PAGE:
Americans are accepting of employees using Adderall, but not students or athletes

In online surveys taken by 3,700 people, it was found those surveyed were more accepting when they were framed as “fuel” rather than “steroids.”

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Americans are more accepting of an employee taking the controlled substance Adderall to focus on their workday than they are a student popping the same or similar type of cognitive enhancer to cram for a test or athletes looking for an edge using it, a new study from Penn Medicine neurologists found.

Cognitive enhancers are drugs that boost alertness, awakeness, tighten focus, and usually are stimulants, including Adderall, Ritalin, and Vyvanse. They are usually prescribed to people with attention deficit hyperactivity disorder (ADD).


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In the study, acceptance was based on how the use of these cognitive-enhancing drugs was framed. In online surveys taken by 3,700 people, it was found those surveyed were more accepting when the use of cognitive enhancers was framed as “fuel” rather than “steroids.”

Clearly, this response was colored by misuse: the many athletes banned for using the drug, and students taking a shortcut to get ahead in their studies.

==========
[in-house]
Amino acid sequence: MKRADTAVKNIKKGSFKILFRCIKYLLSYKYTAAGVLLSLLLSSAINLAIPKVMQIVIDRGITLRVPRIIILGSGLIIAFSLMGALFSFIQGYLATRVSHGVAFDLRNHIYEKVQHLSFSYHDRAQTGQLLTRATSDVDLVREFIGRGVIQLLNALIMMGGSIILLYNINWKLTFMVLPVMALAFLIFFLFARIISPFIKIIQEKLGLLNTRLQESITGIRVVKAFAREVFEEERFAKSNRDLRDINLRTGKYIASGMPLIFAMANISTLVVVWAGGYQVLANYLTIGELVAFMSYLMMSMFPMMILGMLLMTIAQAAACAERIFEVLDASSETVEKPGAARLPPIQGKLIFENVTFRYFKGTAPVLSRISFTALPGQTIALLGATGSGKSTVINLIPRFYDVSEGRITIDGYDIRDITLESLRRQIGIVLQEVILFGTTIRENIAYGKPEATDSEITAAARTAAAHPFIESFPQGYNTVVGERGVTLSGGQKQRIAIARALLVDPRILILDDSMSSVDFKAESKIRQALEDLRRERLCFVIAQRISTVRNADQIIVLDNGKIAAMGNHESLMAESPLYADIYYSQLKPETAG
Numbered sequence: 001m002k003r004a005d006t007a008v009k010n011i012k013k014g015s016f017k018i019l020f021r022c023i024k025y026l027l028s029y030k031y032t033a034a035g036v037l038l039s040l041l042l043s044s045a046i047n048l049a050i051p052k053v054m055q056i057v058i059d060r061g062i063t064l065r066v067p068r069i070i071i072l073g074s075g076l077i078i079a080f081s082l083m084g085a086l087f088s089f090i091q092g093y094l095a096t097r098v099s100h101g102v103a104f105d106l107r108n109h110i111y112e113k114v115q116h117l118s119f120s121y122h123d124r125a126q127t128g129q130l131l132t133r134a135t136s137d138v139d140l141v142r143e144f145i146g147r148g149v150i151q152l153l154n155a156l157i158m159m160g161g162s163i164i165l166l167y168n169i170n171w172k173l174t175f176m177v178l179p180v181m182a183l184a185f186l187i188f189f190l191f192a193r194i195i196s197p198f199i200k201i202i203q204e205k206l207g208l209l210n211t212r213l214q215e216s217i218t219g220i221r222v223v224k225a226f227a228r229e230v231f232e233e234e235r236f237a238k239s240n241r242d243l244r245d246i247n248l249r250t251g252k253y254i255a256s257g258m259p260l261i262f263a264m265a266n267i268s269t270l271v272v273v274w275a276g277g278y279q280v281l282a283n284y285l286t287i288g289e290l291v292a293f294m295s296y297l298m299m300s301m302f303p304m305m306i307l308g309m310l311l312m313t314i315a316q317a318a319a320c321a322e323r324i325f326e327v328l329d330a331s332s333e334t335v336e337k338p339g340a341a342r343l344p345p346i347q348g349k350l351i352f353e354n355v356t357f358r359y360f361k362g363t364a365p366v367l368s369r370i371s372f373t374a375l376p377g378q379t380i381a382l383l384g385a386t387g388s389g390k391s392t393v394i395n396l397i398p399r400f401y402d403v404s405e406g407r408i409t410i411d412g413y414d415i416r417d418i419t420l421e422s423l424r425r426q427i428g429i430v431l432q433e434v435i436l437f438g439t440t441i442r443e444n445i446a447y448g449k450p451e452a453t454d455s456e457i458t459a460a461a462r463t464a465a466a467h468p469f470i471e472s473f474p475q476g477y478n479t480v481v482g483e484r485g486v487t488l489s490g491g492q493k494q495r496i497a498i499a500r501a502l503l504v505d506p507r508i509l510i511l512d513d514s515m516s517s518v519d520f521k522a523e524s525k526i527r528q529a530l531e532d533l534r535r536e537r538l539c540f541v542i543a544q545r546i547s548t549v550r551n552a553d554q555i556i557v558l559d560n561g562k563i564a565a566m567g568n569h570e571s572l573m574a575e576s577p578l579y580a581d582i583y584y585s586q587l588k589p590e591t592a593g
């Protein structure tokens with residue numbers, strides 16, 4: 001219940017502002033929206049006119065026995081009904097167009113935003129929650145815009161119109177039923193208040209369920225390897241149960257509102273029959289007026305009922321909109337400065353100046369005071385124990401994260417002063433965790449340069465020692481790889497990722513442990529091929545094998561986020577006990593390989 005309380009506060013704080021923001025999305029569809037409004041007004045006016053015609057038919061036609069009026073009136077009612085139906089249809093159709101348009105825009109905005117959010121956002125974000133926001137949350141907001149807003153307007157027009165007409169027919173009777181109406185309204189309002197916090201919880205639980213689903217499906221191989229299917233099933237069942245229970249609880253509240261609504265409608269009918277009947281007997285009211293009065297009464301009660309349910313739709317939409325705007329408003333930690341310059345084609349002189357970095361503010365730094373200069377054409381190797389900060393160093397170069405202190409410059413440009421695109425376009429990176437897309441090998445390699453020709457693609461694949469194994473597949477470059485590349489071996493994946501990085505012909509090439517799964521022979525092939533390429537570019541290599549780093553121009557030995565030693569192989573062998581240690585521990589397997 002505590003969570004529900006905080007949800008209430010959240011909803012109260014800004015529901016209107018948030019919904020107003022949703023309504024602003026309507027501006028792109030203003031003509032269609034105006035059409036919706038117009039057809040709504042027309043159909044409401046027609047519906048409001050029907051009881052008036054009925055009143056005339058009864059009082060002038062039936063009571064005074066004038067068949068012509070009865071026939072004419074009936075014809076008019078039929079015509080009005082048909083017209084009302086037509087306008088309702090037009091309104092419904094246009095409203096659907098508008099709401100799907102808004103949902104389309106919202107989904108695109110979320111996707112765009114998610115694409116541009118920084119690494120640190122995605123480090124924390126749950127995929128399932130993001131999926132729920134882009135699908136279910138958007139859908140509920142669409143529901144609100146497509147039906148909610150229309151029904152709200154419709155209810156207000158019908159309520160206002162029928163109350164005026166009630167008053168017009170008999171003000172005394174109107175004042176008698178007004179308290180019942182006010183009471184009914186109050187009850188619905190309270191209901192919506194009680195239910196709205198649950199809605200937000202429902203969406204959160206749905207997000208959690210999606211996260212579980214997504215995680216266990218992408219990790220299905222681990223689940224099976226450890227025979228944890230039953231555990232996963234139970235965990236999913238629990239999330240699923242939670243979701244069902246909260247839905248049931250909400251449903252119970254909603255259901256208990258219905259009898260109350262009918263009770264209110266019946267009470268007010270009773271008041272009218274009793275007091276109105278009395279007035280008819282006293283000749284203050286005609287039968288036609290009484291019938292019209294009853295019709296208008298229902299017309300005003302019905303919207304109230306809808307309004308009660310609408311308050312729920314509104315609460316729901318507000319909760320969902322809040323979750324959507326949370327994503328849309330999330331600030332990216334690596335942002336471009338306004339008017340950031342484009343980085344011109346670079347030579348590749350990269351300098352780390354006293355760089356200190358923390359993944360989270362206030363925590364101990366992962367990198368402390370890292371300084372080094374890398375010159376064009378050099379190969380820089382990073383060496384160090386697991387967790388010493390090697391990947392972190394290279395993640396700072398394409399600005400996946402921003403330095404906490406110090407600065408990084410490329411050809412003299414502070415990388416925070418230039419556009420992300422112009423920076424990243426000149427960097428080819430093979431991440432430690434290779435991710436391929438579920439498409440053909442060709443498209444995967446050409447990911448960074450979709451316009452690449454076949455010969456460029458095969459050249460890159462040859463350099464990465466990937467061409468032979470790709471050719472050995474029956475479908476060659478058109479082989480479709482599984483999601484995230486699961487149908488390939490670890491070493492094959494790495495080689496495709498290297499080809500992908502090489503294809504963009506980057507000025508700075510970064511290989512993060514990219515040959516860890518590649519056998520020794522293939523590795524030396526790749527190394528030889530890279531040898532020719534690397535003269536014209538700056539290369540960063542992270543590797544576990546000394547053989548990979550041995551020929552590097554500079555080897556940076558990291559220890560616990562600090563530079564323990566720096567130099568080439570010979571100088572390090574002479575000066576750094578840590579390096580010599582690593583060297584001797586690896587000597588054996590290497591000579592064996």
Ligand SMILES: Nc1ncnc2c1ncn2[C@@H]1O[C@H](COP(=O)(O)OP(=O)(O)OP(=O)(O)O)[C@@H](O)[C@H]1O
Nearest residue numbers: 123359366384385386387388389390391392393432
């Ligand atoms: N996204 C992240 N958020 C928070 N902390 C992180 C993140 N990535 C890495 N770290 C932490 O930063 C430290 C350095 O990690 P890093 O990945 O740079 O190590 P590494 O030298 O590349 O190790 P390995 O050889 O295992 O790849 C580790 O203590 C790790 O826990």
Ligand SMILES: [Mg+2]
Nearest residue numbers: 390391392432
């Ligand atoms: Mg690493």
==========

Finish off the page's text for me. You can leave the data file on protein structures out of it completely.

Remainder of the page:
“While some see [these drugs] as a way to maximize potential, others view it as a misuse, akin to cheating. Our study sheds light on the attitudes of the public which may help us better understand, discuss, and address the misuse of these medications among adolescents and adults,” said senior author Anjan Chatterjee, MD, a professor of Neurology and director of the Penn Center for Neuroaesthetics, in a release.

The context was also important to acceptance. Was the user a student, a professional athlete, or an employee?

Another part of the acceptance of employees using them is the idea that a focused and productive worker benefits society as a whole, while individuals using cognitive enhancers for their own reasons are more inherently selfish.

“Use of cognitive enhancers by athletes or students may be less acceptable than use by employees in the workplace because of the perceived higher gain to society in the latter,” said Erin C. Conrad, MD, a resident in the Neurology department. “Unlike a student improving a test score or an athlete winning a race, when the workforce in enhanced, everyone stands to benefit.”

The study was published in AJOB Neuroscience.


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Sheila McClear|is a reporter for Ladders and can be reached at smcclear@theladders.com.